Earlier this week it was announced that the NFL entered into a new deal with Bruin Sports Capital and Red Bird Capital Partners, issuing a license to a venture that will market and sell exclusive NFL access and experiences to the league's marquee events. Although the deal represents a mere drop in the league's 2015 revenue projection of more than $12 billion, its significance should not be underestimated. The deal marks the first time the NFL has licensed experiences associated with its events, further signaling that the league will continue to aggressively pursue Commissioner Goodell's ambitious goal of reaching $25 billion in revenue by 2027.
The league has thrived off of its progressive approach to its business model; consistently seeking to innovate the way the sport is consumed and experienced. The long standing "experience provider" NFL on Location, a unit of the NFL, presented unique limitations in its expansion possibilities due to the construction of the collective bargaining agreement. CBA restrictions are placed on the diversion of revenue for investment due to its profit-sharing model and thus the NFL on Location growth potential was relatively flat.
Circumventing this restriction, the NFL will not only derive revenue from its licensing fee but it will also co-own the venture with the capital groups, providing it with a consistent revenue stream and unlimited growth potential in this area. This creative deal structure approach, particularly for a private equity venture, can and will drive revenue expansion opportunities for the league. The deal also signifies a willingness to forfeit some brand control. Although the league will undoubtedly maintain a close eye on how its brand is being perceived through the experiences, it has generally preserved a closed-door policy when it came to protecting "the shield." This growth over protection approach may signal more change to come.
Take for example, the recent announcement for the upcoming season that the league will offer its first ever digitally only live broadcast. The league has been pegged as relatively hesitant with its digital rights as it slow played its strategy, just recently entering into a deal with YouTube. However, that hesitancy should be seen as nothing more than a cerebral approach to its media strategy with the divvying up of its rights providing additional leverage for future rights negotiations and new growth opportunities. Although the odds of a Week 7 game between Buffalo and Jacksonville being a pivotal event are slim, (sorry Bills and Jags fans but it's true) the NFL has once again tipped its hat in favor of innovation.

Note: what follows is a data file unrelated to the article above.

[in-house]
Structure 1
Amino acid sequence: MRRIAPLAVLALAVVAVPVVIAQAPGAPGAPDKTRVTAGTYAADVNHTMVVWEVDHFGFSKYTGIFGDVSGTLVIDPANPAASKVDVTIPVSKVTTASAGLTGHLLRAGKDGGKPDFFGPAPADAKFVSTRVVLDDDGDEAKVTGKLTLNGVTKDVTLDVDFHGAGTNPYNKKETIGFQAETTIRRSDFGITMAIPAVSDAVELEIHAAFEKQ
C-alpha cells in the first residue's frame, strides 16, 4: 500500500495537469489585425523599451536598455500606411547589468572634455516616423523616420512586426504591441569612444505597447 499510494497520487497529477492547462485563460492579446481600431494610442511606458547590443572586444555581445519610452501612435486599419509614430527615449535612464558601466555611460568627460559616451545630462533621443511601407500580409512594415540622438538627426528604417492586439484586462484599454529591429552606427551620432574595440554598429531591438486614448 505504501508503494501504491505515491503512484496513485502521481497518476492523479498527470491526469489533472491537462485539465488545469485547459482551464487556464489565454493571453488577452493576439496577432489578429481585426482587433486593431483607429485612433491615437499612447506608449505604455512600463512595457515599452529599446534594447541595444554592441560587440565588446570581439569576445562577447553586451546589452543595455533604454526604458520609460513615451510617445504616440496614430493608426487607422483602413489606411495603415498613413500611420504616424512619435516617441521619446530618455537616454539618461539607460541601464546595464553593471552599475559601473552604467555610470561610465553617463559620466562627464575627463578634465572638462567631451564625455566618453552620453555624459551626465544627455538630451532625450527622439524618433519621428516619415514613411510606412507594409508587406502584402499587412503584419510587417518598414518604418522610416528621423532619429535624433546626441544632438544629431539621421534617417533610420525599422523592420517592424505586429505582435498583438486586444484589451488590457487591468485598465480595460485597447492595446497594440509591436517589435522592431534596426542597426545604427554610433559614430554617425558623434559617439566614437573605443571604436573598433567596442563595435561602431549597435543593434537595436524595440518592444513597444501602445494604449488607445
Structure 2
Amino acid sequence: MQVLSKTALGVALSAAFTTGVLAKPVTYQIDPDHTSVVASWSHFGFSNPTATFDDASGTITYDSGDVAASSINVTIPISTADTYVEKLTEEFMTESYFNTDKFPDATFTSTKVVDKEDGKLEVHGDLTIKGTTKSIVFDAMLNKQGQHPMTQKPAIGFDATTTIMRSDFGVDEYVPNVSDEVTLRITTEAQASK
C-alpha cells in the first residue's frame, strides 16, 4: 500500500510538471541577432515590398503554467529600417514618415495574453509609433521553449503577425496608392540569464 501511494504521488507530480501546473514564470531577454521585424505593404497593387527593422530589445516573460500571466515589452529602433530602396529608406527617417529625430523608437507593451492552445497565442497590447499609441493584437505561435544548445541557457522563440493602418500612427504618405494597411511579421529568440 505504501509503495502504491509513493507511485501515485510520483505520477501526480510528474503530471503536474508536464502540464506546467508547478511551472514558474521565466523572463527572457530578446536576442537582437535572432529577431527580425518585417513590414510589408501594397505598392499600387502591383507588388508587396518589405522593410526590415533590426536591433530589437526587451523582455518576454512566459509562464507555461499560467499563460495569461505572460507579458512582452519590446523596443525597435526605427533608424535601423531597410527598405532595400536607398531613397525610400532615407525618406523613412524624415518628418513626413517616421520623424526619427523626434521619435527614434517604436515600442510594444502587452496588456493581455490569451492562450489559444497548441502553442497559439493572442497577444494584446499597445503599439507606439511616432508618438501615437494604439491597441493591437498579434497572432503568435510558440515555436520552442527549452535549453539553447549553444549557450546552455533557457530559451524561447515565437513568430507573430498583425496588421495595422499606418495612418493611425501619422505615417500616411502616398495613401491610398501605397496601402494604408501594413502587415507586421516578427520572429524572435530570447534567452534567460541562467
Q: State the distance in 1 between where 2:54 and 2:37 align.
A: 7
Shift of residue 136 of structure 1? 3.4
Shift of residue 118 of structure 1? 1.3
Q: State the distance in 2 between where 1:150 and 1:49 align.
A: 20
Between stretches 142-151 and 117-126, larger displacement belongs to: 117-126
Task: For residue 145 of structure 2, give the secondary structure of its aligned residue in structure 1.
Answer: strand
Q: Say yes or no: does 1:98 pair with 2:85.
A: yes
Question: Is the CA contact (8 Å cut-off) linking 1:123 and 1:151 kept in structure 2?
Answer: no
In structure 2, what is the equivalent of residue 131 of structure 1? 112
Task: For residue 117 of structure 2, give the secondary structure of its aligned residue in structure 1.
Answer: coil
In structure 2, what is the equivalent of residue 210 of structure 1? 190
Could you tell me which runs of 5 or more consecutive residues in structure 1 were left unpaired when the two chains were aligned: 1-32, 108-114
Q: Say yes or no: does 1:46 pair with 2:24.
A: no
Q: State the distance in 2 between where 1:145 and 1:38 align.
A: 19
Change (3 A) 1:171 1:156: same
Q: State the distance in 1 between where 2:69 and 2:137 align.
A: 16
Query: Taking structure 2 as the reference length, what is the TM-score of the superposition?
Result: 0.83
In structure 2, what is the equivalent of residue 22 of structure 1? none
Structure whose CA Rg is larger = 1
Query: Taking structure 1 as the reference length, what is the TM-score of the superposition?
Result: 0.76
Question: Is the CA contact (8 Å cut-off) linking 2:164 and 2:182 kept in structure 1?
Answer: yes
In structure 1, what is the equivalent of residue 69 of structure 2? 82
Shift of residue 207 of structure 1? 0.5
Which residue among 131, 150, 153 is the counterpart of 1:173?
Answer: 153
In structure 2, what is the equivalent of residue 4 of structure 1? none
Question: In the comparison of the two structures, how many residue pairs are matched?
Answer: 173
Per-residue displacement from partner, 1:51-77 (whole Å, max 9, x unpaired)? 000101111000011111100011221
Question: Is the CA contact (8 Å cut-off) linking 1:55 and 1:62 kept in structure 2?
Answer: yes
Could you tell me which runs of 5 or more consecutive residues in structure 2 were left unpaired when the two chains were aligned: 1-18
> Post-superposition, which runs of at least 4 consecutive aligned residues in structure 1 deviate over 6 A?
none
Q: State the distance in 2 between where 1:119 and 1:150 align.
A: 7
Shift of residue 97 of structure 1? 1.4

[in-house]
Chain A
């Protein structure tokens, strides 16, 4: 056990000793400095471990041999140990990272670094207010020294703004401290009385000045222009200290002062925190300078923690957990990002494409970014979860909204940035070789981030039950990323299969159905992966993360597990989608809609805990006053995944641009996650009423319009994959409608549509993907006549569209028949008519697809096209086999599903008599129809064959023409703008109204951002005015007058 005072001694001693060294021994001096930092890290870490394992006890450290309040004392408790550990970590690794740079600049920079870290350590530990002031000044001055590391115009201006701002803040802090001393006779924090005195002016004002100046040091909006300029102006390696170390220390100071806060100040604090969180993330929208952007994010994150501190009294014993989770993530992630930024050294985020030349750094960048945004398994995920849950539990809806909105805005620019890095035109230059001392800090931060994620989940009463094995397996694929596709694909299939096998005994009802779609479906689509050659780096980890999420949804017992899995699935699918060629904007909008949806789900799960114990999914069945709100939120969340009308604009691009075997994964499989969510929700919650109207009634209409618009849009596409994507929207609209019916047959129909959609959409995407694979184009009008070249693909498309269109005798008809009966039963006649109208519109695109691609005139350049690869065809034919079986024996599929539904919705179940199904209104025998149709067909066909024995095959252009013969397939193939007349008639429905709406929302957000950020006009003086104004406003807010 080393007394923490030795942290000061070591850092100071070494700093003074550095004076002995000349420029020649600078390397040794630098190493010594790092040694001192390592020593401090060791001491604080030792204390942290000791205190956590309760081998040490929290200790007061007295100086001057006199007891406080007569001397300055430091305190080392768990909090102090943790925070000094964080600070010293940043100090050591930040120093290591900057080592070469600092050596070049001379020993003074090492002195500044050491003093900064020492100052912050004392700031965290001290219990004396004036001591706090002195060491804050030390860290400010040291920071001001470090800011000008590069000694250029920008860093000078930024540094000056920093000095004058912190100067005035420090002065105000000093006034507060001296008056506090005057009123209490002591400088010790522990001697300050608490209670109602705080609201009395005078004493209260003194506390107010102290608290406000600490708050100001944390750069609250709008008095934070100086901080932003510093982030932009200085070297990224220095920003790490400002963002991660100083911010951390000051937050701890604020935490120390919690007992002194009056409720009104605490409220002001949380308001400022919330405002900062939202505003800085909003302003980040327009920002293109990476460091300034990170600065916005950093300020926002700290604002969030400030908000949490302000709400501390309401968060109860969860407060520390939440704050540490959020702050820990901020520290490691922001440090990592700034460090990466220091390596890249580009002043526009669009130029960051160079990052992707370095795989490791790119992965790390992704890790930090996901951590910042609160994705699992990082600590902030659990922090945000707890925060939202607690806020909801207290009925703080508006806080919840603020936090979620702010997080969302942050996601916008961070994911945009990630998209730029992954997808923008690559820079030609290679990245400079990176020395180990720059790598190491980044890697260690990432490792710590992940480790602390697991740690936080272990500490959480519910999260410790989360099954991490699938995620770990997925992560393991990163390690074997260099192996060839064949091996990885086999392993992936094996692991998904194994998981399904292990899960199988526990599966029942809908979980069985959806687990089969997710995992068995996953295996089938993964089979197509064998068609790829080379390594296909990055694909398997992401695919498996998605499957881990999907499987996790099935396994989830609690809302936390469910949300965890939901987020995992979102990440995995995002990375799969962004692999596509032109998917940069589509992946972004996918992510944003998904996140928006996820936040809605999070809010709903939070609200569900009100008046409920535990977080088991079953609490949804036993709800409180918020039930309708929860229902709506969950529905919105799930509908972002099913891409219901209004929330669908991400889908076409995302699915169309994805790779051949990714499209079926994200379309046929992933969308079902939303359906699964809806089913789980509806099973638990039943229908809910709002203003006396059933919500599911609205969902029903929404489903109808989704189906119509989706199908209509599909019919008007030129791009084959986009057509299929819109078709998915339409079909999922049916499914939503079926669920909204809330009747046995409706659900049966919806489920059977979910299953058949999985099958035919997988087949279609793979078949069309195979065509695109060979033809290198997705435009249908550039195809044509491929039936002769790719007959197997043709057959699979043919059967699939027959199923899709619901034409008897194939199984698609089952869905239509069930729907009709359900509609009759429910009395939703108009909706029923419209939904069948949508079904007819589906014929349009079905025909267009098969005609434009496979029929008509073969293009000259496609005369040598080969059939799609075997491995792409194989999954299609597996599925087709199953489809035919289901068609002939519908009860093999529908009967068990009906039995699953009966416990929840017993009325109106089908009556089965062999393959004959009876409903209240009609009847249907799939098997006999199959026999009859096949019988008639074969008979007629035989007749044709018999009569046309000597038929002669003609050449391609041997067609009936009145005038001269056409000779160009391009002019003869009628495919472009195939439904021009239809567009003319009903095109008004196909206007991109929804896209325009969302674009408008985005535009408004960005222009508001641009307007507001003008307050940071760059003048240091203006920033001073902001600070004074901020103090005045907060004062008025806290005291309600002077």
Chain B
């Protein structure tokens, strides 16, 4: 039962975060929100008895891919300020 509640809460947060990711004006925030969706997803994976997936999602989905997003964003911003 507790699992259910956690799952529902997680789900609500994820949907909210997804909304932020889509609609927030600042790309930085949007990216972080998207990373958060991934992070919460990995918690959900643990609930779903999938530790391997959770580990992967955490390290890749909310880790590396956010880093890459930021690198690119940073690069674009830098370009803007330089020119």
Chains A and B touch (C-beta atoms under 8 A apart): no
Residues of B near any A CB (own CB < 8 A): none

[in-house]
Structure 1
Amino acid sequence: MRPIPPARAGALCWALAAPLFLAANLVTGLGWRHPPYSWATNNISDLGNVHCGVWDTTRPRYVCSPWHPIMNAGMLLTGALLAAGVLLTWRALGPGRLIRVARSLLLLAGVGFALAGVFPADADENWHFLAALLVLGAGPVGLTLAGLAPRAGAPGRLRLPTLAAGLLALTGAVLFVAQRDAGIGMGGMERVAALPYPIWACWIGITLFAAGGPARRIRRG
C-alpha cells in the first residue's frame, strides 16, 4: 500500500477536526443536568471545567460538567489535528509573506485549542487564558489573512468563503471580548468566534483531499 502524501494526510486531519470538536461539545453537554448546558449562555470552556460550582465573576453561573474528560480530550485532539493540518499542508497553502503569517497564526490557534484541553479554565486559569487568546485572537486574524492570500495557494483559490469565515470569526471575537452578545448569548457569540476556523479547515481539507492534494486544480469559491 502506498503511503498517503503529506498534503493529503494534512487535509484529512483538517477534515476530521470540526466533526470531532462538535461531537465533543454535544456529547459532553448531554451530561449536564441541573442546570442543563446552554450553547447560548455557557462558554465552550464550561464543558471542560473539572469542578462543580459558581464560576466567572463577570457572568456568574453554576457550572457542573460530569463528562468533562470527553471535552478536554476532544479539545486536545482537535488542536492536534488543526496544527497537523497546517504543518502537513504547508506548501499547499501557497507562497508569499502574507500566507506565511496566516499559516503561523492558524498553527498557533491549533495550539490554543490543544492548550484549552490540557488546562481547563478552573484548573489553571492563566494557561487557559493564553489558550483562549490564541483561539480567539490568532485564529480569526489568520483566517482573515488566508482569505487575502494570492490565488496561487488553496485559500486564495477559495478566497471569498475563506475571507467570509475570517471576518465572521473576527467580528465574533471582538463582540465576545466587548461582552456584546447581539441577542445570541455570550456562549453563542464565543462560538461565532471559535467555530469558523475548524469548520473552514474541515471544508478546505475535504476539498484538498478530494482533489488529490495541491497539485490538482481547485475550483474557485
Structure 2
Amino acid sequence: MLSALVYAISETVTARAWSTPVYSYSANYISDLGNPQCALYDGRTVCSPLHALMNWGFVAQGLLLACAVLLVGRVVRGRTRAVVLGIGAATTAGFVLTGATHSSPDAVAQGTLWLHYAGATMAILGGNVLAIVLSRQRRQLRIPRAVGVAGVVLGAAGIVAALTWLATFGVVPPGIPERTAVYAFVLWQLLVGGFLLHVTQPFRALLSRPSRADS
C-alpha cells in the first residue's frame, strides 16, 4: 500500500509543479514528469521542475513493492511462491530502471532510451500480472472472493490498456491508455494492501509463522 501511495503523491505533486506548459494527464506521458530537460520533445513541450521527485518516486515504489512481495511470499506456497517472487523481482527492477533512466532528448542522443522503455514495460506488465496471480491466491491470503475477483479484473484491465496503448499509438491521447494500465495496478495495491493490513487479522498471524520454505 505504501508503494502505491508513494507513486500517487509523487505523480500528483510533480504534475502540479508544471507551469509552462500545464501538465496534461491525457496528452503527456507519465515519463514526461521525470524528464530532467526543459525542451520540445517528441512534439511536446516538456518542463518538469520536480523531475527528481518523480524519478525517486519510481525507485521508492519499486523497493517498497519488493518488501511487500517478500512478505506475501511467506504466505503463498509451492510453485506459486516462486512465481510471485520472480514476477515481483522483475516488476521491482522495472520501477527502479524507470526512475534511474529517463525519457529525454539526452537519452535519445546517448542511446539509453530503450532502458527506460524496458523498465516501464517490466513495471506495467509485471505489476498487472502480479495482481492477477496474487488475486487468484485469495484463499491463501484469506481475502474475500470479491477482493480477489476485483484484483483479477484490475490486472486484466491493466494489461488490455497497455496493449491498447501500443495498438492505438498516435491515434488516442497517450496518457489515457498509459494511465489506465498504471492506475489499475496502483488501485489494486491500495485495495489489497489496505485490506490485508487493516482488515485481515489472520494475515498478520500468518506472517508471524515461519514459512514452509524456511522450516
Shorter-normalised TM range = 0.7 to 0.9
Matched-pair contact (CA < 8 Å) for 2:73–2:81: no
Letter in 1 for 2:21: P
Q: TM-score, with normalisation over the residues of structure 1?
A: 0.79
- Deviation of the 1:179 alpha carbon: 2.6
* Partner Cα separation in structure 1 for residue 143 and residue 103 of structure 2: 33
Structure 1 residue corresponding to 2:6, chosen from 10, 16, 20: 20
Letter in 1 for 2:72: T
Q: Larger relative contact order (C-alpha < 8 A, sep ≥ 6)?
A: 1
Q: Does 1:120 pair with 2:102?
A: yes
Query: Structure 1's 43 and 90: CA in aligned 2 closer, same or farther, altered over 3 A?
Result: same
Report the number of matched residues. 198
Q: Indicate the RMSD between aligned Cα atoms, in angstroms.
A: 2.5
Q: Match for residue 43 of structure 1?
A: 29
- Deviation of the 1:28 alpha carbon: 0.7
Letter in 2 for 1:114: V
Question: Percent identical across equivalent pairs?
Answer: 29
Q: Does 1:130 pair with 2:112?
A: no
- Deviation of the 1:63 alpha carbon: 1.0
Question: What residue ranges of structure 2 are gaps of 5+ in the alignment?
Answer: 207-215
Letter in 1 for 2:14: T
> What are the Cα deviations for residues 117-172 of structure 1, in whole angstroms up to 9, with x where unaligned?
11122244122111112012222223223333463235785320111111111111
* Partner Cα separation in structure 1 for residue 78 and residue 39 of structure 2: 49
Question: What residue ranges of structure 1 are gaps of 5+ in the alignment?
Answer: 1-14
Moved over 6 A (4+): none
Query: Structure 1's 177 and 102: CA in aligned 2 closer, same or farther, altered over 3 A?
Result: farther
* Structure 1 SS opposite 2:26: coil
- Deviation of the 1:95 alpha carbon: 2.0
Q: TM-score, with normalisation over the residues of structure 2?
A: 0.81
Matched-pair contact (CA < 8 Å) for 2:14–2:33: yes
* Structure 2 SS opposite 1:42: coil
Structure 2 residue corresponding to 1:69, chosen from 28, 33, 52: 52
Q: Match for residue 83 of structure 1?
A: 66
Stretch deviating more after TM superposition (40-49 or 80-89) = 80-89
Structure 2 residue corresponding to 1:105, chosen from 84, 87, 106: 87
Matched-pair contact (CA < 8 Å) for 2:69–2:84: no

The league's recent monumental growth can be credited to its progressive roots, structuring its product to be more television friendly than any other major sport product by a landslide. The league has placed significant investment in improving the viewer experience, consistently taking sports production value to new heights. Its media presence is felt all year long with polarizing story lines. Its marquee events have been structured to increase viewership and by extension its media value. The first round of the 2014 NFL draft drew 32 million viewers. On digital media platforms it drew more than 14 million views, representing an increase of 54 percent from the previous year. An NFL product that had nothing to do with watching an actual game turned in higher ratings than a number of MLB and NBA playoff games. The NFL has made itself so relevant in main-stream media that regardless of what time of year it is, every sports media outlet will be featuring an NFL related story. It has become a soap opera with a few games mixed in, and it has thrived as a result.
As the league continues to progress in its ability to drive revenue, other leagues should take note and follow suit. The NFL is expecting an increase of approximately $1 billion in revenue from 2014 to 2015. Its DirecTV renewal this past October saw the league demand an increase of 50 percent up to $1.5 billion per year for its rights. This is a staggering figure even amongst the other impressive numbers the league has recently garnered for the right to display its product. Its presence on television and in all media will continue to grow at an incredible rate and the $25 billion projection now seems all too accessible.
Is the NFL experience deal a game changer? Absolutely not. However, it is another example of the league's progressive and dedicated approach to its growth. It will continue to explore the endless possibilities in licensing, its sponsorship inventory will substantially grow in value, its media presence will continue to expand across all platforms and its presence internationally is just seeing the tip of the iceberg. There's also that small thing known as fantasy football. Any takers on whether the league will eventually launch an aggressive pursuit of this market? There is no stopping this train.
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